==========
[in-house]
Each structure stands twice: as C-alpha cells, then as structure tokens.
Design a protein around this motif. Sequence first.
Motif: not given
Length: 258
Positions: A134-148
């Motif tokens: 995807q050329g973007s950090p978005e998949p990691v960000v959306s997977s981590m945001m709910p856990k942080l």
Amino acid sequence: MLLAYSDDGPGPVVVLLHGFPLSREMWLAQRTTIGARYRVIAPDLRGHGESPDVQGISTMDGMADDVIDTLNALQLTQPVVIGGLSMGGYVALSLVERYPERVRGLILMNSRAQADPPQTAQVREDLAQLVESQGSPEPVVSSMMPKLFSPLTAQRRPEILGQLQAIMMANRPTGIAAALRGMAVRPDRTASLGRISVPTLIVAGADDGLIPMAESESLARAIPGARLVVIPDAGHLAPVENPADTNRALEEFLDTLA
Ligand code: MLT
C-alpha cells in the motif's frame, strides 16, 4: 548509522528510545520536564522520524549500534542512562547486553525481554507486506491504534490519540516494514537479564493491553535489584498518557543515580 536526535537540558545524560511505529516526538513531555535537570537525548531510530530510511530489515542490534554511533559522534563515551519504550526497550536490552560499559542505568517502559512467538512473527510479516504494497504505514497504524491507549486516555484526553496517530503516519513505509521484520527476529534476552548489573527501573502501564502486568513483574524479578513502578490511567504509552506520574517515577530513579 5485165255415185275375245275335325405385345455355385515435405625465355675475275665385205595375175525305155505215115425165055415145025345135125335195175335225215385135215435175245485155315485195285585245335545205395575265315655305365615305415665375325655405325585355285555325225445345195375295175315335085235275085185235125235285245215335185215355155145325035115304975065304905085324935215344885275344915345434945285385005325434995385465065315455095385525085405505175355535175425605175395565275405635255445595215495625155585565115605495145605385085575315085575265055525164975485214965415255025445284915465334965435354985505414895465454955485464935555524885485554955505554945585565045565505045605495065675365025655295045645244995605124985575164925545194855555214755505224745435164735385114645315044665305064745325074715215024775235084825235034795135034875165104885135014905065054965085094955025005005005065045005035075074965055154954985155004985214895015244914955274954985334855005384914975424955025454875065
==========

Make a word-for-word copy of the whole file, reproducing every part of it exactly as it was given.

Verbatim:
[in-house]
Each structure stands twice: as C-alpha cells, then as structure tokens.
Design a protein around this motif. Sequence first.
Motif: not given
Length: 258
Positions: A134-148
């Motif tokens: 995807q050329g973007s950090p978005e998949p990691v960000v959306s997977s981590m945001m709910p856990k942080l």
Amino acid sequence: MLLAYSDDGPGPVVVLLHGFPLSREMWLAQRTTIGARYRVIAPDLRGHGESPDVQGISTMDGMADDVIDTLNALQLTQPVVIGGLSMGGYVALSLVERYPERVRGLILMNSRAQADPPQTAQVREDLAQLVESQGSPEPVVSSMMPKLFSPLTAQRRPEILGQLQAIMMANRPTGIAAALRGMAVRPDRTASLGRISVPTLIVAGADDGLIPMAESESLARAIPGARLVVIPDAGHLAPVENPADTNRALEEFLDTLA
Ligand code: MLT
C-alpha cells in the motif's frame, strides 16, 4: 548509522528510545520536564522520524549500534542512562547486553525481554507486506491504534490519540516494514537479564493491553535489584498518557543515580 536526535537540558545524560511505529516526538513531555535537570537525548531510530530510511530489515542490534554511533559522534563515551519504550526497550536490552560499559542505568517502559512467538512473527510479516504494497504505514497504524491507549486516555484526553496517530503516519513505509521484520527476529534476552548489573527501573502501564502486568513483574524479578513502578490511567504509552506520574517515577530513579 5485165255415185275375245275335325405385345455355385515435405625465355675475275665385205595375175525305155505215115425165055415145025345135125335195175335225215385135215435175245485155315485195285585245335545205395575265315655305365615305415665375325655405325585355285555325225445345195375295175315335085235275085185235125235285245215335185215355155145325035115304975065304905085324935215344885275344915345434945285385005325434995385465065315455095385525085405505175355535175425605175395565275405635255445595215495625155585565115605495145605385085575315085575265055525164975485214965415255025445284915465334965435354985505414895465454955485464935555524885485554955505554945585565045565505045605495065675365025655295045645244995605124985575164925545194855555214755505224745435164735385114645315044665305064745325074715215024775235084825235034795135034875165104885135014905065054965085094955025005005005065045005035075074965055154954985155004985214895015244914955274954985334855005384914975424955025454875065